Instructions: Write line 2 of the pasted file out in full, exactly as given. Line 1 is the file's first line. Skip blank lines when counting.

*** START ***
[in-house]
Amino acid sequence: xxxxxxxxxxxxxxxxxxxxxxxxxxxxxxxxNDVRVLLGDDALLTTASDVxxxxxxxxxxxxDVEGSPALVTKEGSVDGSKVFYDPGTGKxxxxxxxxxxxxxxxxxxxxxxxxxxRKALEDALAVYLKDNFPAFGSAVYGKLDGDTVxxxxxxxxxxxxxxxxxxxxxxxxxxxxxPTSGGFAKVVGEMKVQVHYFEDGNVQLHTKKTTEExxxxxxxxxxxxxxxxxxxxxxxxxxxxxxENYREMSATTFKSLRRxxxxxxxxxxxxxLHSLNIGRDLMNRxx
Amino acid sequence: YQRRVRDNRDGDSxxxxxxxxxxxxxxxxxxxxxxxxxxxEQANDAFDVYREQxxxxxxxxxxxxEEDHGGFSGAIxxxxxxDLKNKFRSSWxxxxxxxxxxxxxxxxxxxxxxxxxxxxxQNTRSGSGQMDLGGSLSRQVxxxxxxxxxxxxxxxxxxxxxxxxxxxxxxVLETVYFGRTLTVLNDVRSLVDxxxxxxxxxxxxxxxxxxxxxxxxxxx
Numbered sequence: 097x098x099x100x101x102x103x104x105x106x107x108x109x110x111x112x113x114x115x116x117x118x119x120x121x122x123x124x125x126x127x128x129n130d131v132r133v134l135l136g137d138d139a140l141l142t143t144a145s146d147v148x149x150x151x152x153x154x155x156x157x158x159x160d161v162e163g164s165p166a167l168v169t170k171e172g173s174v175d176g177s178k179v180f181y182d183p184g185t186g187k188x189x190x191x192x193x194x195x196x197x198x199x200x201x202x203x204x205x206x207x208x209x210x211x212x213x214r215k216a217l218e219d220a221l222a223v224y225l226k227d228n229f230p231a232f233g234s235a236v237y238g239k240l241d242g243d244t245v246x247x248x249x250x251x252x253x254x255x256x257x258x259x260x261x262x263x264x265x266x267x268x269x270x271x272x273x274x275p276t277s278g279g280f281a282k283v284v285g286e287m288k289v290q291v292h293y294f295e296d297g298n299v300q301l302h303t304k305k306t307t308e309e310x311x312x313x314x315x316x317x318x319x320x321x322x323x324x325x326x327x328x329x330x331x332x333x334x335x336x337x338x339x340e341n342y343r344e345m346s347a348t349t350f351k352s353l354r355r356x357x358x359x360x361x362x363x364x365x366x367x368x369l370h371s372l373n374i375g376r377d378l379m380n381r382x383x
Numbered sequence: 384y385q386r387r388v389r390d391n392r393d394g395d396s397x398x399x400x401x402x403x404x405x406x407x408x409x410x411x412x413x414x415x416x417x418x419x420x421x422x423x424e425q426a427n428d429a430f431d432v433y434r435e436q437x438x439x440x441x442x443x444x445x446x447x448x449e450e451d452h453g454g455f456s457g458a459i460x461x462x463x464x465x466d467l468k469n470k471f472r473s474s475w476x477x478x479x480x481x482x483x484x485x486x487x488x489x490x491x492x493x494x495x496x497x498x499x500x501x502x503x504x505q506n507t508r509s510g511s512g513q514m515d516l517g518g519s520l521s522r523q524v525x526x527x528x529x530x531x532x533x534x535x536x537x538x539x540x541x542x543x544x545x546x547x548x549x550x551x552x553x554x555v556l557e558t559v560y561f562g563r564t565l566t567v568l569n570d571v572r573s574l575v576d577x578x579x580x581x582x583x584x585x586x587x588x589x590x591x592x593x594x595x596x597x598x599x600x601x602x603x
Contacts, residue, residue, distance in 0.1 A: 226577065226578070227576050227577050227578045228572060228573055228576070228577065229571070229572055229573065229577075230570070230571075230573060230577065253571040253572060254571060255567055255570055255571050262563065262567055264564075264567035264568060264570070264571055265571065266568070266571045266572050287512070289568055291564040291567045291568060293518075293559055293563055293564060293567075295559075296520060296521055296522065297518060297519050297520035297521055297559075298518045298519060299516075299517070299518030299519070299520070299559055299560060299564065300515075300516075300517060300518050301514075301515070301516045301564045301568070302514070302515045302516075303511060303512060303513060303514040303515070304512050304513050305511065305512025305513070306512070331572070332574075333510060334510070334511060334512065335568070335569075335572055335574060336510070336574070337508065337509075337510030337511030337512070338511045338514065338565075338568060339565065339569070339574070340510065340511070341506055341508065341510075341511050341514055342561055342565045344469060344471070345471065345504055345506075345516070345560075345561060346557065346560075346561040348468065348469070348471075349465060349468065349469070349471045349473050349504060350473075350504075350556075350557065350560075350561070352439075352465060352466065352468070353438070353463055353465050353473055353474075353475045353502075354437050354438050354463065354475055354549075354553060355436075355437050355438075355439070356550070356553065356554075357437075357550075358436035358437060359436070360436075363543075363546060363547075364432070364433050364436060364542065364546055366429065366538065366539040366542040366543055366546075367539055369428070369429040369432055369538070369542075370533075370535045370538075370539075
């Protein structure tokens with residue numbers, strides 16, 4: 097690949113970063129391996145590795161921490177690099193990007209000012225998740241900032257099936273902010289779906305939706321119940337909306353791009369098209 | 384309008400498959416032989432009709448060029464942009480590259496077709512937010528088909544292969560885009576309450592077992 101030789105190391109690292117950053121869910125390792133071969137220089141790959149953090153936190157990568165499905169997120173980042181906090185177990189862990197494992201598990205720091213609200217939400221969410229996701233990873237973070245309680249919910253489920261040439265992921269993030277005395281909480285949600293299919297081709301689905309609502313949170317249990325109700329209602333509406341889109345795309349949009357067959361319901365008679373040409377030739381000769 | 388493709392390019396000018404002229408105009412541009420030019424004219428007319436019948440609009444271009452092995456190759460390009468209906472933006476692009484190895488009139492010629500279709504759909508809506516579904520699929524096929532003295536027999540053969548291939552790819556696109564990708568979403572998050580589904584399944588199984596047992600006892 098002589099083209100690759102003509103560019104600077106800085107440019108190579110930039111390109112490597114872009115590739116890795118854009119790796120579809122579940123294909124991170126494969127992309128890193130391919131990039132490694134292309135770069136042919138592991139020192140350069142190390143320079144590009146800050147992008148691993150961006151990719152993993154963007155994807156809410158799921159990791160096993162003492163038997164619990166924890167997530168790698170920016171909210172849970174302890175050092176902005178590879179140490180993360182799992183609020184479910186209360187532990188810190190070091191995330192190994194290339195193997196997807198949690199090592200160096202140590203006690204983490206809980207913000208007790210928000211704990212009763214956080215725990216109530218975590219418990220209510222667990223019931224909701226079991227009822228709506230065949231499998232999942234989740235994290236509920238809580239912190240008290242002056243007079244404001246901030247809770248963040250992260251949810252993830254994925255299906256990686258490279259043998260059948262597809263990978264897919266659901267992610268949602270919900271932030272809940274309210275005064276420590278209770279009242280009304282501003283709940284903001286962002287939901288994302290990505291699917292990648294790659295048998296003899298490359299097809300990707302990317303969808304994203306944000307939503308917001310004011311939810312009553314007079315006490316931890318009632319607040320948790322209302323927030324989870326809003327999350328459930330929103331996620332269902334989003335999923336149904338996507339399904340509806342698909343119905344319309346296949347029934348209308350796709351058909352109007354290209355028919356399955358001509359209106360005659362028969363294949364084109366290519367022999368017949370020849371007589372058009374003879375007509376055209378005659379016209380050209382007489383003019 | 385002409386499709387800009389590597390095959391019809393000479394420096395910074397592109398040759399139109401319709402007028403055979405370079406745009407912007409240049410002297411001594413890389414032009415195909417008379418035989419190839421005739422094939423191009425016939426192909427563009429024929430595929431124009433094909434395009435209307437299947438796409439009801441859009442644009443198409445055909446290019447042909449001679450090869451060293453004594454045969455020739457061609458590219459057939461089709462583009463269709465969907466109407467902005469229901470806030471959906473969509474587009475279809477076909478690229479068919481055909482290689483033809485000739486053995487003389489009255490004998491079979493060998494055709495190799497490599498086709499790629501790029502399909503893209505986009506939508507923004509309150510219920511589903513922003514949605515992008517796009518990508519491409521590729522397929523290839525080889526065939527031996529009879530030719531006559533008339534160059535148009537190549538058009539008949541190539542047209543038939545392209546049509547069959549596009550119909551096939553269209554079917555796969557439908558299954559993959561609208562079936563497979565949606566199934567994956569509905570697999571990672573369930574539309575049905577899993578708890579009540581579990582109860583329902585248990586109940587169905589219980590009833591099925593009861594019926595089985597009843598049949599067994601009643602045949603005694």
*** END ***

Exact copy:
Amino acid sequence: xxxxxxxxxxxxxxxxxxxxxxxxxxxxxxxxNDVRVLLGDDALLTTASDVxxxxxxxxxxxxDVEGSPALVTKEGSVDGSKVFYDPGTGKxxxxxxxxxxxxxxxxxxxxxxxxxxRKALEDALAVYLKDNFPAFGSAVYGKLDGDTVxxxxxxxxxxxxxxxxxxxxxxxxxxxxxPTSGGFAKVVGEMKVQVHYFEDGNVQLHTKKTTEExxxxxxxxxxxxxxxxxxxxxxxxxxxxxxENYREMSATTFKSLRRxxxxxxxxxxxxxLHSLNIGRDLMNRxx